In the late 90s, it occurred to me that a fetish-oriented Website might be a highly pleasurable way for me to showcase my burgeoning Photoshop and design skills. The idea of Heartless Bitch, as I entitled it, was to publish interviews with the world’s most glamorous dominatrices that would reveal what they were like out of their dungeons. Implacable altruist as I am, I hoped to demonstrate that most of them were loving daughters and moms and wives, scrupulous recyclers, all-around good eggs. Along with a few vainglorious nincompoops, they included a few women with whom I formed enduring friendships.
One of the first dommes I contacted to ask if she’d submit (oh, the irony!) to an interview was the Tampa-based blonde bombshell Mistress Antoinette. Her Website was as ugly as she was striking, and she asked if I might, for pay, help her with it. For one who’d been struggling for years to earn money as a graphic designer, and whose boat fetish really floated, the question wasn’t difficult to answer.
Toni, as she asked me to call her, turned out to be a major sweetheart — friendly, generous with her praise, and self-effacing. The only thing I didn’t like about her was that the boxful of photos she sent to be scanned for her site reeked of the cigarettes I would never be able to persuade her to stop smoking. She lusted (well before he was exposed as a colossal dickhead) after Mel Gibson. She found my own music rather too genteel, if you will, and worshipped Tool, exemplars of art/grunge. I discovered that she'd been fat and not-popular as a girl, and then a mother in teenage. She claimed to play bass, and we fantasised about forming a band and making a fortune on the fetish event circuit. I could picture her appealing to Chrissie Amphlett’s constituency, though I couldn’t picture her sitting on the edge of a stage, legs apart, in a very short skirt, as Chrissie did, so wonderfully nonchalantly.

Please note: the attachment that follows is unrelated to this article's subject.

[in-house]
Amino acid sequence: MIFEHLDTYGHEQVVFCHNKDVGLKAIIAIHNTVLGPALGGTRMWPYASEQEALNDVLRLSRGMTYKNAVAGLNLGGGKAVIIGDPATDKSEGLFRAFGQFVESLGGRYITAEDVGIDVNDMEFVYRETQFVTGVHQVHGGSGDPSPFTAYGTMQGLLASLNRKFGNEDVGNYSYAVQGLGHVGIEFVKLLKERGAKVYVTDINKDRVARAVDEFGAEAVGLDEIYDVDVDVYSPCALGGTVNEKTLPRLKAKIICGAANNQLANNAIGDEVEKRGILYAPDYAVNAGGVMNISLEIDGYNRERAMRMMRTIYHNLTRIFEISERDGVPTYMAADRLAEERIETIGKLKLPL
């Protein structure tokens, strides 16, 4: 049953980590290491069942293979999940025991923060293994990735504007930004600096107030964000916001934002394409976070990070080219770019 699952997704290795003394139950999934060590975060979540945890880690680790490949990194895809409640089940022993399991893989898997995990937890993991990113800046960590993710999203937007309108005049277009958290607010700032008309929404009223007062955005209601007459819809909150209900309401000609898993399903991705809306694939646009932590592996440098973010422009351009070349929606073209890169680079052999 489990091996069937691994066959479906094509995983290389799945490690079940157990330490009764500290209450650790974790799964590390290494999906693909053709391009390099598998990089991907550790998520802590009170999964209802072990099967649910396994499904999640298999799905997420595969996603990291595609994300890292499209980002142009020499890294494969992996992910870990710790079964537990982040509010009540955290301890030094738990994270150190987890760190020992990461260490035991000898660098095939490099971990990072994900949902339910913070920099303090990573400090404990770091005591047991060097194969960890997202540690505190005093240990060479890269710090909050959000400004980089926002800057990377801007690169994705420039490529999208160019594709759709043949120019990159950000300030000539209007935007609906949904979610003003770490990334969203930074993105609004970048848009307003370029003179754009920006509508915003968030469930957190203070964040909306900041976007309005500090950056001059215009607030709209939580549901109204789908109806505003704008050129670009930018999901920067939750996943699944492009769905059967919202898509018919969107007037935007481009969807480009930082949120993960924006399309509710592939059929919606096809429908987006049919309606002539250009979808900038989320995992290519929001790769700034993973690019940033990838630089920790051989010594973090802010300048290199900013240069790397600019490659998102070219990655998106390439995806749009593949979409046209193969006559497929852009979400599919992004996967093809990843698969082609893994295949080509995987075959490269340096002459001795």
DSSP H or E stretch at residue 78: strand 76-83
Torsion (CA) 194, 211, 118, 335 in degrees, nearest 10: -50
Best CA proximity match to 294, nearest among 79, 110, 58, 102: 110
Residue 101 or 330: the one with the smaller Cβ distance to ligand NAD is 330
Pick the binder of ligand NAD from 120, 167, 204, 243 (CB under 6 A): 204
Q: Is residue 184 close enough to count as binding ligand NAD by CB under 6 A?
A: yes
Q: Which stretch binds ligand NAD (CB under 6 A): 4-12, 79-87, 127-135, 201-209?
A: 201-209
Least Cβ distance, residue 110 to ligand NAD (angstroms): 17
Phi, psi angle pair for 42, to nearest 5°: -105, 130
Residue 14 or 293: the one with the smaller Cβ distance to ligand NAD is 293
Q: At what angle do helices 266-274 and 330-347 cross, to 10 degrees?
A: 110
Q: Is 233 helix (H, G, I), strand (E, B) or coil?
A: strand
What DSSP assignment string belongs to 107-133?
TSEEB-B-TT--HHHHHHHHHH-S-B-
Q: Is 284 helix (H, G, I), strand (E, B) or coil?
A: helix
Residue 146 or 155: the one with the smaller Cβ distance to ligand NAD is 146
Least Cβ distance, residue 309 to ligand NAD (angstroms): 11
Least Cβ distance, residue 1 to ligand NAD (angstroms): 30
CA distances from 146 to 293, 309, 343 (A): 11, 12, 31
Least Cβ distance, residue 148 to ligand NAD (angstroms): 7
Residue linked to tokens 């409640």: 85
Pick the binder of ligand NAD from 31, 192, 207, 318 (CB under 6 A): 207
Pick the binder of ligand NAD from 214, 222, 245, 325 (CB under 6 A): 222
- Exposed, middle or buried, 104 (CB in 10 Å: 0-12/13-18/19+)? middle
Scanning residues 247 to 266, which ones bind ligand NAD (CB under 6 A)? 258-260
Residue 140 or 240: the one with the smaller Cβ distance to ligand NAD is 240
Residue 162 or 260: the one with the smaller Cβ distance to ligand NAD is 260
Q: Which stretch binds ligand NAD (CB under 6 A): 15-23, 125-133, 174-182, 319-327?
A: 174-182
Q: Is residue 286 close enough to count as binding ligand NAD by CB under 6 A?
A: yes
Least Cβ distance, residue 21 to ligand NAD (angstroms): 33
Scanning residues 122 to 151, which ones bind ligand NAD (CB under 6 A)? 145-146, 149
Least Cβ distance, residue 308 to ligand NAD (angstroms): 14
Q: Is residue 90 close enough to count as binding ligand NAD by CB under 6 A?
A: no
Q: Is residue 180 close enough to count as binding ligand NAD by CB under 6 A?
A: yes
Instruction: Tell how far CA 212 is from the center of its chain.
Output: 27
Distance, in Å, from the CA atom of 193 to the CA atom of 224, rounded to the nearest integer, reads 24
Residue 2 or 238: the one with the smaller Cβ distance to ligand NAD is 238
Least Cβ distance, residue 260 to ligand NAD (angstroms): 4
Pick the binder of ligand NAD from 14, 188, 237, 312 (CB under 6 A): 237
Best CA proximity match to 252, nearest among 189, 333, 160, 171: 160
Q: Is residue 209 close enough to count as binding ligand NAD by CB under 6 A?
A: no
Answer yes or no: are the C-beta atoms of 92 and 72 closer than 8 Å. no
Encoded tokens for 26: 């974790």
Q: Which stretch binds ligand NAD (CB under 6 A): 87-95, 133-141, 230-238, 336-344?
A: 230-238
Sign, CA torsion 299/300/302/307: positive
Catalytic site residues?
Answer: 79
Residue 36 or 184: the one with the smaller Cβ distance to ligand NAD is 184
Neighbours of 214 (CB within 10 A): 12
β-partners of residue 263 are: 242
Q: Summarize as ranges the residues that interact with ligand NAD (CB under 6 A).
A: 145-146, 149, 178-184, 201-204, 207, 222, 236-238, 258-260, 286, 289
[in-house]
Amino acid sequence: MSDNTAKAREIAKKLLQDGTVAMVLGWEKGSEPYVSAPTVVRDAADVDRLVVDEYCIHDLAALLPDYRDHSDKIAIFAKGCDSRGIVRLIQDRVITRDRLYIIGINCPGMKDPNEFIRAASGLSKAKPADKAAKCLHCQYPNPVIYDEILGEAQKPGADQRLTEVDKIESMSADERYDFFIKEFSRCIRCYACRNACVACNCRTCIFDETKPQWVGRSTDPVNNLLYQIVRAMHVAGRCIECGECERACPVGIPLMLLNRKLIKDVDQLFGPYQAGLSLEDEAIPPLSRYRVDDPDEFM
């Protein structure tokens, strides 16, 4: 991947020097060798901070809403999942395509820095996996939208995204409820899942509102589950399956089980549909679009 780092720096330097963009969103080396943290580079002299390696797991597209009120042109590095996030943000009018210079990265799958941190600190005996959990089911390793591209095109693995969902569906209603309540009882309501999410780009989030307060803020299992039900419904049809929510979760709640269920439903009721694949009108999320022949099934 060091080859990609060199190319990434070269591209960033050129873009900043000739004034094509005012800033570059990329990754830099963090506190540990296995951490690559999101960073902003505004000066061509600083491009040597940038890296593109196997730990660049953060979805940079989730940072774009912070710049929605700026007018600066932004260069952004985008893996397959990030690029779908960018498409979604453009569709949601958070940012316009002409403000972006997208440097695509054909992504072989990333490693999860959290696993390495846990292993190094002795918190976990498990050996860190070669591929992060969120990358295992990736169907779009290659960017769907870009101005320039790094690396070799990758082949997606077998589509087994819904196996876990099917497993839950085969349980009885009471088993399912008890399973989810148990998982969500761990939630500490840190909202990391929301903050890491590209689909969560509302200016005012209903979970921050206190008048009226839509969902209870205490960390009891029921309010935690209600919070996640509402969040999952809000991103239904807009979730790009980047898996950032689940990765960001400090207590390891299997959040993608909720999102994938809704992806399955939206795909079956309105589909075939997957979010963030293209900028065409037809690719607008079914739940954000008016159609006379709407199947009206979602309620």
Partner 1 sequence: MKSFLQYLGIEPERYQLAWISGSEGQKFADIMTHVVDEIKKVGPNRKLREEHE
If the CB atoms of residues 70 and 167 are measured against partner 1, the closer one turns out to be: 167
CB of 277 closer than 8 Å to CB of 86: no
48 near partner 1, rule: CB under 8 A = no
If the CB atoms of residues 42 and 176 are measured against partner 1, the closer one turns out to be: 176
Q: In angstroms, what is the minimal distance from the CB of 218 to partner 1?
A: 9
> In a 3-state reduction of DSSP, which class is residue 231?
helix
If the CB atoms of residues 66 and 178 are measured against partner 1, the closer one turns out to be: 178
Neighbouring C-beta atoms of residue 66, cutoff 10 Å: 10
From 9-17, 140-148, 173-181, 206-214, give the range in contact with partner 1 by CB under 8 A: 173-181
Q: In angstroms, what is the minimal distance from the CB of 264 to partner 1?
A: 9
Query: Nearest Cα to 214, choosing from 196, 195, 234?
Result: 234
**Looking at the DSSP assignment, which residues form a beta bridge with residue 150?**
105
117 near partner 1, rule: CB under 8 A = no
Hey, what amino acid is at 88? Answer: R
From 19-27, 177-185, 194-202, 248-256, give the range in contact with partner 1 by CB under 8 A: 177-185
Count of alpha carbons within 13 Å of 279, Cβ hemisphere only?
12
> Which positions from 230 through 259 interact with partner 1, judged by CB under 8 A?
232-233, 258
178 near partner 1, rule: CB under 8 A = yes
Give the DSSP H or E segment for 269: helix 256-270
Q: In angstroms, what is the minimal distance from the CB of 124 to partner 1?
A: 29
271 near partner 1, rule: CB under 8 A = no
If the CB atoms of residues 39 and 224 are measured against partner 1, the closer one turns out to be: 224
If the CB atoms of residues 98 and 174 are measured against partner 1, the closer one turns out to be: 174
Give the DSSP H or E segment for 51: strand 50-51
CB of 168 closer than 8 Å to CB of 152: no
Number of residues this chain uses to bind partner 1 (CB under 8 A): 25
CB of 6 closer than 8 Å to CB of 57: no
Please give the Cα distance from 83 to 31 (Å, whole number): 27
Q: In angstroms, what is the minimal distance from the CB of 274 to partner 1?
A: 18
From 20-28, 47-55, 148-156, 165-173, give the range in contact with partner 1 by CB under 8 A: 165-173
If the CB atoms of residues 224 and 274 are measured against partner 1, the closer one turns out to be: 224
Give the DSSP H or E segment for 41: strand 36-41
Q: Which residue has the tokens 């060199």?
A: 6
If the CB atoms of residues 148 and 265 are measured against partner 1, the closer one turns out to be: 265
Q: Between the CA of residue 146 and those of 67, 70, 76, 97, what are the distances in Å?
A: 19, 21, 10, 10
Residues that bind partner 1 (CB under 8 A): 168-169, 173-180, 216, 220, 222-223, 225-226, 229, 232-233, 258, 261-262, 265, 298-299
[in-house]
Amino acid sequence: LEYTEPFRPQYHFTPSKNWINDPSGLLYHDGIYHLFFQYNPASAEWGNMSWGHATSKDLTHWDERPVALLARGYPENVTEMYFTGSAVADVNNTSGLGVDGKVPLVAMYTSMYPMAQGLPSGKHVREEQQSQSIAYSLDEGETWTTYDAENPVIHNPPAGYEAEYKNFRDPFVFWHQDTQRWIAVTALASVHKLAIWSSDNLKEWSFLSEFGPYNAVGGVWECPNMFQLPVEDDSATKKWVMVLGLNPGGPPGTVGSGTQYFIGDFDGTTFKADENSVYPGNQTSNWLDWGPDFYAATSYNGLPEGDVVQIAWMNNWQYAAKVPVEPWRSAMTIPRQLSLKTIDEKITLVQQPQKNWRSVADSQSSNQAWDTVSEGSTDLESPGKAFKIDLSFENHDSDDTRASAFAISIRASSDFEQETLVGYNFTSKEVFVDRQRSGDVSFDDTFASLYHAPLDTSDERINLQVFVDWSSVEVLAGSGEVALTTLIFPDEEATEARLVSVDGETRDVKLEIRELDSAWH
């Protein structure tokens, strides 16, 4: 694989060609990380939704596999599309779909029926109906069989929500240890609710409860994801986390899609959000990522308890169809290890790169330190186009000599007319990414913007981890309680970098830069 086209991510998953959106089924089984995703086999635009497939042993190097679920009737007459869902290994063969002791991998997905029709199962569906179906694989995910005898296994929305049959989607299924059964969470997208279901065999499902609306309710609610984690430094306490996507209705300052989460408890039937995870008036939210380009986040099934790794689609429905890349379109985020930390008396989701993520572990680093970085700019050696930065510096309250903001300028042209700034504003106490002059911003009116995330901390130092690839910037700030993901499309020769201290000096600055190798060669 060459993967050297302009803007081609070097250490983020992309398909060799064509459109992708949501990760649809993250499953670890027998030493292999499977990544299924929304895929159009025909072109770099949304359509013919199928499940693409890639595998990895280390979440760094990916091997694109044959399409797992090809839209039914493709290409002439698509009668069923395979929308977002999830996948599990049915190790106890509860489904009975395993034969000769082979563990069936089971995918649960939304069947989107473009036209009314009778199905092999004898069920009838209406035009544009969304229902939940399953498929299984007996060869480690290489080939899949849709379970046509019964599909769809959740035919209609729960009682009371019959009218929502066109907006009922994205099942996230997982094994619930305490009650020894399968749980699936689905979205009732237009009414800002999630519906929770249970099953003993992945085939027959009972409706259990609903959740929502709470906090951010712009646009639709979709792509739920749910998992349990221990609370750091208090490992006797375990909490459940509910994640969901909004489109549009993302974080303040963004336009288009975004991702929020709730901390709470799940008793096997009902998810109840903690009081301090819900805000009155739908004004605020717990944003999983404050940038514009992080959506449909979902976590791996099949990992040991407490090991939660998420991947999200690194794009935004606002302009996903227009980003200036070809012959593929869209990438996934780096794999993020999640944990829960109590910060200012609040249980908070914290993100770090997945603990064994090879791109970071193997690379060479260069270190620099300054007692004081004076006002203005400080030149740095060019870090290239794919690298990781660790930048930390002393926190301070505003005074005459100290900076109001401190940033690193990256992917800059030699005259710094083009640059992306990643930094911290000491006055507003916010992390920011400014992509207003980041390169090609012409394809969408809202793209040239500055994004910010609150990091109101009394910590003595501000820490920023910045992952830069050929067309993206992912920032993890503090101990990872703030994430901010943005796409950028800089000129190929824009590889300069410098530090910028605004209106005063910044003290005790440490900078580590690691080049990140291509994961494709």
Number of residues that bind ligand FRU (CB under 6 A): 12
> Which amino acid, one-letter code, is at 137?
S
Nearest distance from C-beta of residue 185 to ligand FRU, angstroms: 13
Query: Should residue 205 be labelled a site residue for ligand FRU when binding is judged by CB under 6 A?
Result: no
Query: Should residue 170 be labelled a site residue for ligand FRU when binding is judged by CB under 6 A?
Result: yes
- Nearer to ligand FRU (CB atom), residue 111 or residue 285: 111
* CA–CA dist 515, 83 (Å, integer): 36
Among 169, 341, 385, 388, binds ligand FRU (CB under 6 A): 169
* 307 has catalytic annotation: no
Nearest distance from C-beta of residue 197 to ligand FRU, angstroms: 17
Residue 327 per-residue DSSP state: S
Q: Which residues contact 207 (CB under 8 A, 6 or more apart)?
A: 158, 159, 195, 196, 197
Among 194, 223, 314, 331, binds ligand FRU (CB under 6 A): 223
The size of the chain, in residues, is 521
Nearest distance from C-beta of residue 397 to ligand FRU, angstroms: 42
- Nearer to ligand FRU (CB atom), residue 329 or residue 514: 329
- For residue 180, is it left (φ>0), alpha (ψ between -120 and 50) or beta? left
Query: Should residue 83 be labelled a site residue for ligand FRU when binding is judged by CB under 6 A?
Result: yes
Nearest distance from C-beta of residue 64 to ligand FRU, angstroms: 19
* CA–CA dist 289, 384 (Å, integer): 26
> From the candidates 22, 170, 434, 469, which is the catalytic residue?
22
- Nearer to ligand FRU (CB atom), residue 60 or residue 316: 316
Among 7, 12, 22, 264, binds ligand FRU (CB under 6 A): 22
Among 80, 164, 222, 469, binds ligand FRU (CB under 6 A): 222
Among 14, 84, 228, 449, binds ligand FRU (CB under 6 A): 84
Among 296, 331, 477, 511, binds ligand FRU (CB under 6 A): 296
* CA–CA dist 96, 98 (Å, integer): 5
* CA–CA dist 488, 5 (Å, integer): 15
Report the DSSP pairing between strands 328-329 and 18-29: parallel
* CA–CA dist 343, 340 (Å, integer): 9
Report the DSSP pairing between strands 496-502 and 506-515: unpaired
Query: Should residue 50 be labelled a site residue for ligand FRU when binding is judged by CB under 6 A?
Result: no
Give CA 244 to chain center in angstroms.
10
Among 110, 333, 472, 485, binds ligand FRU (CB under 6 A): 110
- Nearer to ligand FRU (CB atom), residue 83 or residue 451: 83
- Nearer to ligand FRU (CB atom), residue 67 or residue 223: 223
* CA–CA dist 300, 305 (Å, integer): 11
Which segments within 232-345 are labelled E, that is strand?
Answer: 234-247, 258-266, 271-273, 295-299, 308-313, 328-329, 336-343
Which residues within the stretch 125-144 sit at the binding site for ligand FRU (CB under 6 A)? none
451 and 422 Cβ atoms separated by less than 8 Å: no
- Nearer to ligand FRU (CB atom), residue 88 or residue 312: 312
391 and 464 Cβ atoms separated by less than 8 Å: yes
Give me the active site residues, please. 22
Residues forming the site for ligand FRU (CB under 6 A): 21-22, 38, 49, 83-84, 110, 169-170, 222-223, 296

We became ever better friends over the course of many phone conversations, and then — after the photo I sent her of me in my rock dreamboat days inspired her to see me in a whole new light — almost lovers. I flew to Tampa to spend a weekend with her, but we got along as dreadfully in person as we’d always gotten along splendidly on the phone. I wound up spending pretty nearly all of the Sunday alone in my nice air-conditioned Holiday Inn room, hiding from Tampa’s hellish heat. But when I got to the airport on Monday morning, I heard myself being paged. She’d driven all the way over from Lakeland to ensure I didn’t fly back to San Francisco angry or hurt. That was as close as we came to a falling out.
I continued, over the years, to design for her. I stopped accepting payment. I, uh, shaped her branding. ‘Twas I who came up with the slogan “The sound of male whimpering is Mozart to my ears”. I was going to ghostwrite her autobiography, but couldn’t get an agent or publisher interested. (Holler if you’d like me to send you two sample chapters.) She visited me in Beacon, New York, and I her in Dunedin, Florida. She was my best woman — I had no best man — at my wedding to the former Mistress Chloe.
I marvel, 19 years after it began, at my inability to find any trace of our friendship in my life in 2016. We speak, every 18 months or so, when I phone her. “I’ve just been so busy,” she will invariably sigh. I wonder aloud why we’re not friends anymore. “I’m just so busy,” she’ll sigh again.